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Three Easy Tips For Diabetics to Stay Out of the Cardiologist's Office


Three Easy Tips For Diabetics to Stay Out of the Cardiologist's Office

DiabetesIf you suffer from diabetes, you already know that managing your health is an important daily task. From checking your blood sugars to watching what you eat, living with diabetes requires constant vigilance. Taking good care of yourself and managing your diabetes could save you a trip to your Manhattan cardiologist’s office.

1. Be Mindful of Diet and Exercise

If you have diabetes, your doctor has likely already told you that it’s important to control your weight. Maintaining a healthy weight can help prevent serious cardiac issues associated with diabetes. A registered dietitian can help you put together a diet and meal plan that keeps you feeling full and healthy.

Regular exercise can not only help you maintain your weight, but it can help keep your heart healthy. If you need an exercise plan, talk to your Manhattan doctor about working with a fitness expert to develop a plan that works for your individual health goals.

2. Give Up Smoking

Smoking isn’t good for anyone’s heart, but it can be especially dangerous for diabetics. Diabetes constricts blood vessels and causes problems with circulation. Smoking also affects circulation, which means your heart could be facing extra stress. Quitting smoking isn’t easy, but it’s a necessary step to keep your heart in good shape.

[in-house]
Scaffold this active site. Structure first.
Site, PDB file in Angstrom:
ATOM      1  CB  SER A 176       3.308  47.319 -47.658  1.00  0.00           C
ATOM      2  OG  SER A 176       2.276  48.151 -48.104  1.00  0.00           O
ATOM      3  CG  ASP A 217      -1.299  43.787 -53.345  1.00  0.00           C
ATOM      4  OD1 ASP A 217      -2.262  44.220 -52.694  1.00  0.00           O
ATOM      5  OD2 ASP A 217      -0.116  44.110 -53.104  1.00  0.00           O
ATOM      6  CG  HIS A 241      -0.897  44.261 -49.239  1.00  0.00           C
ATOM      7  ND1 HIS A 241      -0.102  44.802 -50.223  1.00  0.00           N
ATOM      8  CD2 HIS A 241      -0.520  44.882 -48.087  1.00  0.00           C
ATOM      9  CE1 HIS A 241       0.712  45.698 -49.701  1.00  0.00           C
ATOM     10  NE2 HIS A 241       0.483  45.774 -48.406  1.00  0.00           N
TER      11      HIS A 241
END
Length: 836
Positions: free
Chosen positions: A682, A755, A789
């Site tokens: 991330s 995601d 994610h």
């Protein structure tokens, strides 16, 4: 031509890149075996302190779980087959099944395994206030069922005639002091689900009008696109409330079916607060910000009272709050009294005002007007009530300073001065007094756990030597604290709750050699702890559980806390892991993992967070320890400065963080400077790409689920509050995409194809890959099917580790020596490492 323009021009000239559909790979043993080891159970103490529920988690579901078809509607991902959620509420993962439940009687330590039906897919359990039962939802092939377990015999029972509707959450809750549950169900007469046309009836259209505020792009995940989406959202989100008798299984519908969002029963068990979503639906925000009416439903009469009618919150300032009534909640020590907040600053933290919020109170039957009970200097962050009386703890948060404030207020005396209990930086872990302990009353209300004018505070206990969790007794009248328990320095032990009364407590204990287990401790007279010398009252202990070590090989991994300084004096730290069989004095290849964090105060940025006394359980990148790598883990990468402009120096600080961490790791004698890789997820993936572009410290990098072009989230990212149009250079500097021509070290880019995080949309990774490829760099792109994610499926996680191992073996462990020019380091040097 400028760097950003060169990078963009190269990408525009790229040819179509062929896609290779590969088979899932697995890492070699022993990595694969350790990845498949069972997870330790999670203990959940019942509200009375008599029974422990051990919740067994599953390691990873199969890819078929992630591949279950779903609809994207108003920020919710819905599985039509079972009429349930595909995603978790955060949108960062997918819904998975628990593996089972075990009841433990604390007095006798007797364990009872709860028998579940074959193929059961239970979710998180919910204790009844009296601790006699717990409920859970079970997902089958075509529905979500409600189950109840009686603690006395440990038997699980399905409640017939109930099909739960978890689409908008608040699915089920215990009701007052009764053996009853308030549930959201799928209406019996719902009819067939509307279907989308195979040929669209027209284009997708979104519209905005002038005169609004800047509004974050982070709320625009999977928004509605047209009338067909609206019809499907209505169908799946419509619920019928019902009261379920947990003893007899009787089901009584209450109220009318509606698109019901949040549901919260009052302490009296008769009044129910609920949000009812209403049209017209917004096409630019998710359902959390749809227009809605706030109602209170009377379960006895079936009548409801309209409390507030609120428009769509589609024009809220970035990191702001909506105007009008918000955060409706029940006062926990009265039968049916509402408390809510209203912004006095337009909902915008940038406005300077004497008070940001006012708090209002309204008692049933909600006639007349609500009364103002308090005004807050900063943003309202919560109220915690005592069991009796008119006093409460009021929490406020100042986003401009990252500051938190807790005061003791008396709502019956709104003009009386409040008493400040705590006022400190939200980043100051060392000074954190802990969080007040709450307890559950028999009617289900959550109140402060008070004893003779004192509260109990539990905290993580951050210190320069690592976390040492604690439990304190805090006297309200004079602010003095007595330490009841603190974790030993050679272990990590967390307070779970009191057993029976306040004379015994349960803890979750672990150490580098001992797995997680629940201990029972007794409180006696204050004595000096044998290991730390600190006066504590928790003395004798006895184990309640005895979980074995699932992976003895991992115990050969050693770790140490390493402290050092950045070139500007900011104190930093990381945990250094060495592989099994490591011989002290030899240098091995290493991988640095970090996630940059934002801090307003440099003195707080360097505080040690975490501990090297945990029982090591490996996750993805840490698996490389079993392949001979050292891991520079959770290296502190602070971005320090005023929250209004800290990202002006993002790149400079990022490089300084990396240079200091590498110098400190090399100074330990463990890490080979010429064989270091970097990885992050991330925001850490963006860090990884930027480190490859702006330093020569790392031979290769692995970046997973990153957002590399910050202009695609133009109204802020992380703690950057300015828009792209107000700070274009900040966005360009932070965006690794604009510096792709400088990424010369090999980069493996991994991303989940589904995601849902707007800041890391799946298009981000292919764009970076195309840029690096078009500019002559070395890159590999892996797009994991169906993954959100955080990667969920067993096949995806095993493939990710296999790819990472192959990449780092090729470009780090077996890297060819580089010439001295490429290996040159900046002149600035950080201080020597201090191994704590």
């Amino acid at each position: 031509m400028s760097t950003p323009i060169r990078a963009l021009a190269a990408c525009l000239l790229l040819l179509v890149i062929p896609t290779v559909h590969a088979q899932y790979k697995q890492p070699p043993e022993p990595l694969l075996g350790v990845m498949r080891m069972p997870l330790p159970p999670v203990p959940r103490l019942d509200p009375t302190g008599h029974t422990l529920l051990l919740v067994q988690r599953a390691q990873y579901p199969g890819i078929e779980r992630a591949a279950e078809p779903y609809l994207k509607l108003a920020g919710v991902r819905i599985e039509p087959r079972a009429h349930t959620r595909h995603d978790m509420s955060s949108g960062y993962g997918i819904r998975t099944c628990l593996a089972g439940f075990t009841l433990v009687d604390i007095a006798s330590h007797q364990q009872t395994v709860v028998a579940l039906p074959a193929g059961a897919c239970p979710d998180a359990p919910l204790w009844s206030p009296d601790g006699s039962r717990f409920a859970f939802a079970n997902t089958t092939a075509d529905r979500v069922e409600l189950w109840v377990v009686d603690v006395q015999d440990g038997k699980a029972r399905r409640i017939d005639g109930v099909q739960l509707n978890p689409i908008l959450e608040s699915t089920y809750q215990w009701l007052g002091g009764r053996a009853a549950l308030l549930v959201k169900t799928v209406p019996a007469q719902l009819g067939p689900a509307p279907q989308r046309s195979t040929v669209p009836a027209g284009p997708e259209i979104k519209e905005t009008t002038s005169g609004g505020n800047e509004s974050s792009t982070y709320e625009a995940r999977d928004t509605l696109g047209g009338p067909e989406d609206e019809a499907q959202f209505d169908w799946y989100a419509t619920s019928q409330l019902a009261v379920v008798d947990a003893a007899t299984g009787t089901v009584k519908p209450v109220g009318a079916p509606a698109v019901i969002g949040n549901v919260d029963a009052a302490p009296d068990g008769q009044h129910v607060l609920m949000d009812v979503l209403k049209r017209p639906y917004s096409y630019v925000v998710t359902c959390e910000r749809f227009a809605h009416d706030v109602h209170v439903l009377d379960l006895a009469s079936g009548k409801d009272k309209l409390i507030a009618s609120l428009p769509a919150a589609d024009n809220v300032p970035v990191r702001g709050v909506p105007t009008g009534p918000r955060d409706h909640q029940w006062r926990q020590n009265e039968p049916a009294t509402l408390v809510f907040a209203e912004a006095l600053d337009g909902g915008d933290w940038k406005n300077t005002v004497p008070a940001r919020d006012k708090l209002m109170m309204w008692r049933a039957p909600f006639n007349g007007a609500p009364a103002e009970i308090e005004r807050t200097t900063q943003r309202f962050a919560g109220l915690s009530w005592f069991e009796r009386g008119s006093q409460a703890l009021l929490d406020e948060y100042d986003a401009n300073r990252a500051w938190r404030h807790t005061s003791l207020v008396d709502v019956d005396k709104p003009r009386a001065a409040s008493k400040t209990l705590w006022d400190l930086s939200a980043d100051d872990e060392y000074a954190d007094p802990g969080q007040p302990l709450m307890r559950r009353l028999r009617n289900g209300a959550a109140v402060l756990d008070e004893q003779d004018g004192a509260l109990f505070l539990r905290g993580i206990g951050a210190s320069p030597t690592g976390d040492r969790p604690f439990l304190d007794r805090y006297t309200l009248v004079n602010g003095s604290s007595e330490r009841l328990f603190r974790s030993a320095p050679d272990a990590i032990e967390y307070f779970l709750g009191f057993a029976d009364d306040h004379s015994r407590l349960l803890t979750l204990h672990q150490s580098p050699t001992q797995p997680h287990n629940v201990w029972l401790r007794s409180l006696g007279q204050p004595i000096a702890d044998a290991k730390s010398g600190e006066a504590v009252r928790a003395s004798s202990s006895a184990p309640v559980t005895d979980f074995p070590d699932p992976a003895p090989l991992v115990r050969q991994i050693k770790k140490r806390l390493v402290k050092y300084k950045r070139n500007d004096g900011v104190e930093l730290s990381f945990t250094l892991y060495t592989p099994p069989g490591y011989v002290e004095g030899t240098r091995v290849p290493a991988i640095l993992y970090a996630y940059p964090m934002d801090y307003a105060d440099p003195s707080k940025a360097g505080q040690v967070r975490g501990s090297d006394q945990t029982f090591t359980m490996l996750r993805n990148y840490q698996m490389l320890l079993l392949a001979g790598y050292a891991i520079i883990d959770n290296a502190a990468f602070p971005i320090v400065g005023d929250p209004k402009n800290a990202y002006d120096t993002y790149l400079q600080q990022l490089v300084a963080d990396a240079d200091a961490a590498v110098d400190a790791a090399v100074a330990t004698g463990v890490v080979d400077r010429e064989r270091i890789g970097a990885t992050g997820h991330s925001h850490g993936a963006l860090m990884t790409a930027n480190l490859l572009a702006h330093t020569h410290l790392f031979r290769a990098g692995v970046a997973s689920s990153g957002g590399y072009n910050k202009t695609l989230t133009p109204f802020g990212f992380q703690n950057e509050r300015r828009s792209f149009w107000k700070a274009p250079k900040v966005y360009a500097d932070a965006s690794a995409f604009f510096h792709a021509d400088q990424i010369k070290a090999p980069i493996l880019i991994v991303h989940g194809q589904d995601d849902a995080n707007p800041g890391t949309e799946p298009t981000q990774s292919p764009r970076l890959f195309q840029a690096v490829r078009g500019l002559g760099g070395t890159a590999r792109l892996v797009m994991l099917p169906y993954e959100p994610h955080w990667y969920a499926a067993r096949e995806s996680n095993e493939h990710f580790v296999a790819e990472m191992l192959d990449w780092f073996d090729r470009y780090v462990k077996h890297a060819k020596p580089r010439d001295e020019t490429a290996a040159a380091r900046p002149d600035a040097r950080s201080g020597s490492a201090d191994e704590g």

3. Control your Glucose and Cholesterol Levels

You already know that you need to watch your glucose levels, but this is the most crucial step in avoiding cardiovascular disease. Have your doctor check your cholesterol levels as well, to see if your bad cholesterol, LDL, needs to come down. If so, you can get your cholesterol levels under control with diet and exercise.

If you live with diabetes, your risk of cardiovascular disease is much higher. You’ll need to be careful to monitor your health daily to avoid an unexpected trip to your Manhattan cardiologist, Dr. Radwaner. If you have questions about preventing heart disease when you have diabetes, contact The New York Centers for Prevention of Heart Disease by calling (212) 717-0666.

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